Thursday, July 30, 2009

You’re Hired – Part II

Ok, Part I is out of the way. We’ve gotten past the basics and you’ve made yourself an exemplary exhibit of pre-date preparation (trimmed nose hairs, ironed shirt, manicured nails, etc.). The real heart of this “laissez-faire” dating vs. “interview approach” debate now is over whether there should be strategy used in going to the date, i.e. thought-out choice of topics, subtle self promotion, well-planned time management, etc.

As previously discussed, there are men and women who fashion themselves “practical” people and yet they believe in this notion that you can step into a date and say anything that comes into your mind and it should be fine (I myself will admit to having done the aforementioned in the past – it is not a good idea). These romantics (though they would never see themselves that way) posit “why should you monitor yourself? why should you be so calculating in choice of topics and answers?” This is who YOU are after all.

But is there really virtue in complete transparency at such an early stage of the dating ritual? Let’s revisit the “interview approach” ...

We all know that one cardinal rule of interviewing is that you NEVER bad mouth your prior employer. Even the dullest of light bulbs out there knows that this is not a great idea if you are expecting to get hired.

So, why is it that when it comes to dating, some otherwise bright light bulbs think it’s totally appropriate to air one’s dirty laundry to a stranger – ok – maybe by the time the smelly socks are on the table you’ve spent 2 or 3 hours together. However, this person is still a virtual stranger who doesn’t know you well enough to find your quirks, insecurities, and flaws loveable – or, at least, excusable.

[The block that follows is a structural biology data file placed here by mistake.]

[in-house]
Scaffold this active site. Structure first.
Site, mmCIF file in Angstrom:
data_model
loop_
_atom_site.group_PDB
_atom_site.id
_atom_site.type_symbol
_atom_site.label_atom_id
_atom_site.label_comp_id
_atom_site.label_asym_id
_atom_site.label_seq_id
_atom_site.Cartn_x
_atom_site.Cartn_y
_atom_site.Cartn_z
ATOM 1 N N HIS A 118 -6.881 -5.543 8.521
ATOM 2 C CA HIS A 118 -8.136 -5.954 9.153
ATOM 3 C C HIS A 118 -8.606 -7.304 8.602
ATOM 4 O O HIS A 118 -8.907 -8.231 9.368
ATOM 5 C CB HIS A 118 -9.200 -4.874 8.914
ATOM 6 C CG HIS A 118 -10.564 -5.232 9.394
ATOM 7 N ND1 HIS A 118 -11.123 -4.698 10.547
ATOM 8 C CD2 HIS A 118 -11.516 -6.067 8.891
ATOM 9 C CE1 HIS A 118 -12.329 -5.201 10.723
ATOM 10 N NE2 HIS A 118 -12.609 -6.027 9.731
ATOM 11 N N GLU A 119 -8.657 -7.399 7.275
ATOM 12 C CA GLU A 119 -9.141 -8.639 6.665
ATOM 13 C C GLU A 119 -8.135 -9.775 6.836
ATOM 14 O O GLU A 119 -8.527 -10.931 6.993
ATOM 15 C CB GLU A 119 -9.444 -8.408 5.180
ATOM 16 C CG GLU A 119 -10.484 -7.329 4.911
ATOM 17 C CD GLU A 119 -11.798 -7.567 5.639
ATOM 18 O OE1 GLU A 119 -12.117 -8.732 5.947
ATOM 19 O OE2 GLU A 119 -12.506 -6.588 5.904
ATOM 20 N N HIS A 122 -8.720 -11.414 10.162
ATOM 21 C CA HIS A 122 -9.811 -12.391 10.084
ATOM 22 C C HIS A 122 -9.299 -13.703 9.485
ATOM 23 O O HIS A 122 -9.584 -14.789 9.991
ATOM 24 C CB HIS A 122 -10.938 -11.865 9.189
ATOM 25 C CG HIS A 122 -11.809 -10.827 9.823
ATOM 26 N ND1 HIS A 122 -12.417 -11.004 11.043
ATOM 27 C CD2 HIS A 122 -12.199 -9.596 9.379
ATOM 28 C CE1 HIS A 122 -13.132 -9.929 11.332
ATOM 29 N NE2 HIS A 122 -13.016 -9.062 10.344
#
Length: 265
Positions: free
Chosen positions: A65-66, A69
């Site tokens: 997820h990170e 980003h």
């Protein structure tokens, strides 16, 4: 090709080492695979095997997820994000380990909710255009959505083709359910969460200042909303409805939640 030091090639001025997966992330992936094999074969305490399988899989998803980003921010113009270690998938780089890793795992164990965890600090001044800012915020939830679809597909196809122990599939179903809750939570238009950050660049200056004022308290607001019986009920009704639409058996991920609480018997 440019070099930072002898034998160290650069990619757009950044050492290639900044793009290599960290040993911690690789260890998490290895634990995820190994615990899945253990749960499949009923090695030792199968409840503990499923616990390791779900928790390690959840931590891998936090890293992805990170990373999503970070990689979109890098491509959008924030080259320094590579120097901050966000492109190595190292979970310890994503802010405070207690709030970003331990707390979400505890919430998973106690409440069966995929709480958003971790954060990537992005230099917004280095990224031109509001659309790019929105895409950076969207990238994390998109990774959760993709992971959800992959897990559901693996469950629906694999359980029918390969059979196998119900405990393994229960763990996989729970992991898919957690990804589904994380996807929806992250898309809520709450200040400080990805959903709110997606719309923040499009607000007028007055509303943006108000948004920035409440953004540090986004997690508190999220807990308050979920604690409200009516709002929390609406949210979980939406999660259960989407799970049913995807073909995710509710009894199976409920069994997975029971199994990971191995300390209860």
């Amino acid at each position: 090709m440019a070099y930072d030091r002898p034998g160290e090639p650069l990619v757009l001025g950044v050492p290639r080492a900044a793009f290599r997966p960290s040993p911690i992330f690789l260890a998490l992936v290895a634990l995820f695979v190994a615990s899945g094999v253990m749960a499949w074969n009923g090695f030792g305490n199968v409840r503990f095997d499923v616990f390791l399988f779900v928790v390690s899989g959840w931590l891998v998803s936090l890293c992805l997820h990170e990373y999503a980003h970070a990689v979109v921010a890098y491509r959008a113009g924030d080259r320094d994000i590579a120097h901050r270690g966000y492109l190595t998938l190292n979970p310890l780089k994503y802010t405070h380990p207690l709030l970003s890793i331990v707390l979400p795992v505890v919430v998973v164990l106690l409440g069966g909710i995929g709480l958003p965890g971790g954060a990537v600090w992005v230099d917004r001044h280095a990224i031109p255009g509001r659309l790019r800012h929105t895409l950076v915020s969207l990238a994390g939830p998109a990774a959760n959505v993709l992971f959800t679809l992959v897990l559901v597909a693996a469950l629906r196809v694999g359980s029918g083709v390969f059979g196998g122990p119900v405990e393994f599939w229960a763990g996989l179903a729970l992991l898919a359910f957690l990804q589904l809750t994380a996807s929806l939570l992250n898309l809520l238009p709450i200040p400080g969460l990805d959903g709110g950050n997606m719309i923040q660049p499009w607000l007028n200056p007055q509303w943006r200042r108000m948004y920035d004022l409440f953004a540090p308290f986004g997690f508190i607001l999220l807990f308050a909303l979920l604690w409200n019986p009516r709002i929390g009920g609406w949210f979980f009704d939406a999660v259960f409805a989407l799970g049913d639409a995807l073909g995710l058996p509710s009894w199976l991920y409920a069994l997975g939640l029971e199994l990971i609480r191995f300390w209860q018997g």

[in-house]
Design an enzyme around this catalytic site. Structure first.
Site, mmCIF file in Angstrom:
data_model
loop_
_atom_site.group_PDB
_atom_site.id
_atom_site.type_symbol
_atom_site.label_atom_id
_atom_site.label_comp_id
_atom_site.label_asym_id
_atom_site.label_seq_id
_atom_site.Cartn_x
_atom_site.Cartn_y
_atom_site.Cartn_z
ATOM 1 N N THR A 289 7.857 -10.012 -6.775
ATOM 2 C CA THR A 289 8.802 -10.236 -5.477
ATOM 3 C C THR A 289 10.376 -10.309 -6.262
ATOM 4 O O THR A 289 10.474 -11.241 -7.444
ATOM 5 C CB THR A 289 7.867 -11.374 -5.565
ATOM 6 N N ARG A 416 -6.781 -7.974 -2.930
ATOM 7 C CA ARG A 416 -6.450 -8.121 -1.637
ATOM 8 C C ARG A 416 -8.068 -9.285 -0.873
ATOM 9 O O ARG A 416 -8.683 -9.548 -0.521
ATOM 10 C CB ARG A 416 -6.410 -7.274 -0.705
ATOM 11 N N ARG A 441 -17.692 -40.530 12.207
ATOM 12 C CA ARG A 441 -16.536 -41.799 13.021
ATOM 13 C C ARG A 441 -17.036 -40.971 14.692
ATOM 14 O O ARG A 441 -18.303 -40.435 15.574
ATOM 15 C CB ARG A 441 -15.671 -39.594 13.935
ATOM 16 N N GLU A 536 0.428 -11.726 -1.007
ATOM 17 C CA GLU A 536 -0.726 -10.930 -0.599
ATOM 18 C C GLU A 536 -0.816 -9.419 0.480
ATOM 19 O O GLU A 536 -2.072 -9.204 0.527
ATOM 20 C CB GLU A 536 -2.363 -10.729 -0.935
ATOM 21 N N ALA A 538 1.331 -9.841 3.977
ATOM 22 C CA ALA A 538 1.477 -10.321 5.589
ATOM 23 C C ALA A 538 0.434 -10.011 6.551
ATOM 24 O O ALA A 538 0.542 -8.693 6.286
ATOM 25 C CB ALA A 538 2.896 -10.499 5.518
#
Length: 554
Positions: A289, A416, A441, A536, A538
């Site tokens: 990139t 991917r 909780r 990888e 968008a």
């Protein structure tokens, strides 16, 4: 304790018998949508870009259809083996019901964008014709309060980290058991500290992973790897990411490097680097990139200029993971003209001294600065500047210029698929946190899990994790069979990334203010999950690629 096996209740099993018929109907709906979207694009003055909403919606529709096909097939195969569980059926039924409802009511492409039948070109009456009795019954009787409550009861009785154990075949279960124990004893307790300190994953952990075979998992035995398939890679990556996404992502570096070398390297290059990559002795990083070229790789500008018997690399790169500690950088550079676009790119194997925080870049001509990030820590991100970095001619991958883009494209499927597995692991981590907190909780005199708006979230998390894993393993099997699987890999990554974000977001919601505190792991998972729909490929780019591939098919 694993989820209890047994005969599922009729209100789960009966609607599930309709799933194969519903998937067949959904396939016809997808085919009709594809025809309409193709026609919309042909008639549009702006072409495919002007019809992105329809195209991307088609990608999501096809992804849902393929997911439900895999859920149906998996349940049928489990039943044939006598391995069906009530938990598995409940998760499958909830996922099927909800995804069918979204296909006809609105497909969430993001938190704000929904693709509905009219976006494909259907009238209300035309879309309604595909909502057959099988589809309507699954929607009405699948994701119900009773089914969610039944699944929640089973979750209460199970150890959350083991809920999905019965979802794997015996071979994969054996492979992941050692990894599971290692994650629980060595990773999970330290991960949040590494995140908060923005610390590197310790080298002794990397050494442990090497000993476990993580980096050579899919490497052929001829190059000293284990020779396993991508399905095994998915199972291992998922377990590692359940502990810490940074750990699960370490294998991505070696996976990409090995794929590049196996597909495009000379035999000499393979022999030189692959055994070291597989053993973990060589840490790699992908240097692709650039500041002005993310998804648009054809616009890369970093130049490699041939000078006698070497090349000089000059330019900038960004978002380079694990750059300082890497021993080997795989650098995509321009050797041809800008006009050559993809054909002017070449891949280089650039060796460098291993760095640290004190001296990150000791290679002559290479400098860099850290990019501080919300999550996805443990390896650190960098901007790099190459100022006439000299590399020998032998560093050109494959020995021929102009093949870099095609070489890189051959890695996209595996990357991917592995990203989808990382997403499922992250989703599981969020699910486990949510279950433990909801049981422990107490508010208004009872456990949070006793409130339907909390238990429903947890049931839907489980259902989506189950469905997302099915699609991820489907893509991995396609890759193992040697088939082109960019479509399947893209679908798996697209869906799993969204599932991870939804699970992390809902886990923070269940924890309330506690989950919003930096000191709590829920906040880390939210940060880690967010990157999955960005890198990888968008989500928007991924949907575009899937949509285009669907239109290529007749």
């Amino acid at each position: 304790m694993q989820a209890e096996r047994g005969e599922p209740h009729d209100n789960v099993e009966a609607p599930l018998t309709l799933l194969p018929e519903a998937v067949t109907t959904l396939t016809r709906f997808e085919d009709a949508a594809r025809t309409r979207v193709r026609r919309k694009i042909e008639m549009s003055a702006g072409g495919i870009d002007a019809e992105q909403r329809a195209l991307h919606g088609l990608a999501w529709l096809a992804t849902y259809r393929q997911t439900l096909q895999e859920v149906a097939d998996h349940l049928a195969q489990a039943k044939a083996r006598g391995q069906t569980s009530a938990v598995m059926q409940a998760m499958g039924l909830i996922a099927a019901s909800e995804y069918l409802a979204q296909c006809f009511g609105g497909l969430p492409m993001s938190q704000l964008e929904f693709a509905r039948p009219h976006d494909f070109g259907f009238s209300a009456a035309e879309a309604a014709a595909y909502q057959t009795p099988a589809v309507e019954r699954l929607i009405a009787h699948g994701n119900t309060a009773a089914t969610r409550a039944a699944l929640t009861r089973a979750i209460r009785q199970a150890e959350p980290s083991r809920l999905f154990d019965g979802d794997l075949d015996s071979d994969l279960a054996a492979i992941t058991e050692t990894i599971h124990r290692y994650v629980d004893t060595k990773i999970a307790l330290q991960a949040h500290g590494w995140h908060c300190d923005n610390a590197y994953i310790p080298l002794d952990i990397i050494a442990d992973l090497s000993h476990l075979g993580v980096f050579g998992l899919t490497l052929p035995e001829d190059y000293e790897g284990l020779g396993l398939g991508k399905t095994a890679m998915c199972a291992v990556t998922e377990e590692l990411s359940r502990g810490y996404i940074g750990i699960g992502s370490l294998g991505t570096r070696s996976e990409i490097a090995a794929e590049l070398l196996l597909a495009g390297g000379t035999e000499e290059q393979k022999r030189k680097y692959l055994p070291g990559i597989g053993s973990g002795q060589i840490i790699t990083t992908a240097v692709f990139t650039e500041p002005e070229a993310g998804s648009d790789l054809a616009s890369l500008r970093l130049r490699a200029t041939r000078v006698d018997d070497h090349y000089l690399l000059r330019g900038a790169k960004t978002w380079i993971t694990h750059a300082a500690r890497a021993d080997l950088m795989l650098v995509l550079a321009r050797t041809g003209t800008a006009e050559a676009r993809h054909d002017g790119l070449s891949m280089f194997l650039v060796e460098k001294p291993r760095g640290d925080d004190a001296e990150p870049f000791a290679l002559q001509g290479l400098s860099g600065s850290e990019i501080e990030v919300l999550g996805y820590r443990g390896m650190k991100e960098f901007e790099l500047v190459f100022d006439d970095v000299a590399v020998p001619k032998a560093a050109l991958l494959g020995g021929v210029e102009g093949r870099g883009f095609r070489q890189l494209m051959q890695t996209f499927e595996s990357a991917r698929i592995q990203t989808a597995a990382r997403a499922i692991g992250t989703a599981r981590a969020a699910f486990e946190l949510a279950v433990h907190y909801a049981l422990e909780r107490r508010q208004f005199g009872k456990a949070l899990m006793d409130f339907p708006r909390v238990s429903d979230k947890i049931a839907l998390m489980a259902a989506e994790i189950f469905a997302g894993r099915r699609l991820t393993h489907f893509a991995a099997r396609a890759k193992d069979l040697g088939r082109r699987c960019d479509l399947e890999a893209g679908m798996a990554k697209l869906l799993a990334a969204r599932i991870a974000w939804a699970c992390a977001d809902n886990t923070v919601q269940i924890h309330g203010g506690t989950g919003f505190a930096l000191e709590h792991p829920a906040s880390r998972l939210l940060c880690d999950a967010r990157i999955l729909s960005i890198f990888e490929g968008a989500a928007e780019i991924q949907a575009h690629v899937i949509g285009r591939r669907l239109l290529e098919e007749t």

At the risk of sounding too “self-helpish,", a few examples can be thrown out to debunk the “laissez faire” theory. Here goes…

Spin City

Let's think about one discussing his or her prior dating life like discussing a resume. If a prospective employer scanned your Work Experience painstakingly described in your CV and asked “how did you enjoy working at Smith and Smith LLP?,” would you respond:

“It sucked, that’s why I left.”
“I swear to God, my boss was such an *%!$#* and we butted heads all the time.”
“I slept with my supervisor and then things just got awkward…”

Obviously not.

We are back to the basic interview rule about putting a positive spin on a job you hated ( was a great job, but after a while I felt I was ready to do a different type of work.”). We all know that after 2 years in an office where you are highly regarded you can then reveal to your now boss/friend that you in fact hated your prior employer – at this point, he or she knows you and appreciates that you are a solid worker who is good at what you do – you see, your current employer knows you well enough to see that it was clearly your old employer’s issue.

So why would an otherwise sexy, savvy vixen proceed to explain to her eager suitor how her ex hurt her to such an extent that she now has serious trust issues (read: baggage). Why would someone advertise on a first date that she was cheated on by her ex (possibly prompting someone to wonder why did this ex stray)? Why would you tell the sweet woman across the table that your ex girlfriend of five years was a shallow gold digger (prompting one to wonder what makes you a person who would be attracted to such an unlikable soul).

Years ago, I politely asked someone I was on a date with about his divorce. That was it – a whole can of worms poured out into my gnocchi with pomodoro sauce. Forty-five minutes later, we were onto another topic and I was thoroughly turned off (it didn’t help that he repeatedly mentioned how much money he was forced to give her throughout the conversation -- in a precise dollar amount. Another news flash to men: to the right girl, talking about how much money you have on a first date is not a turn on. It betrays major insecurity.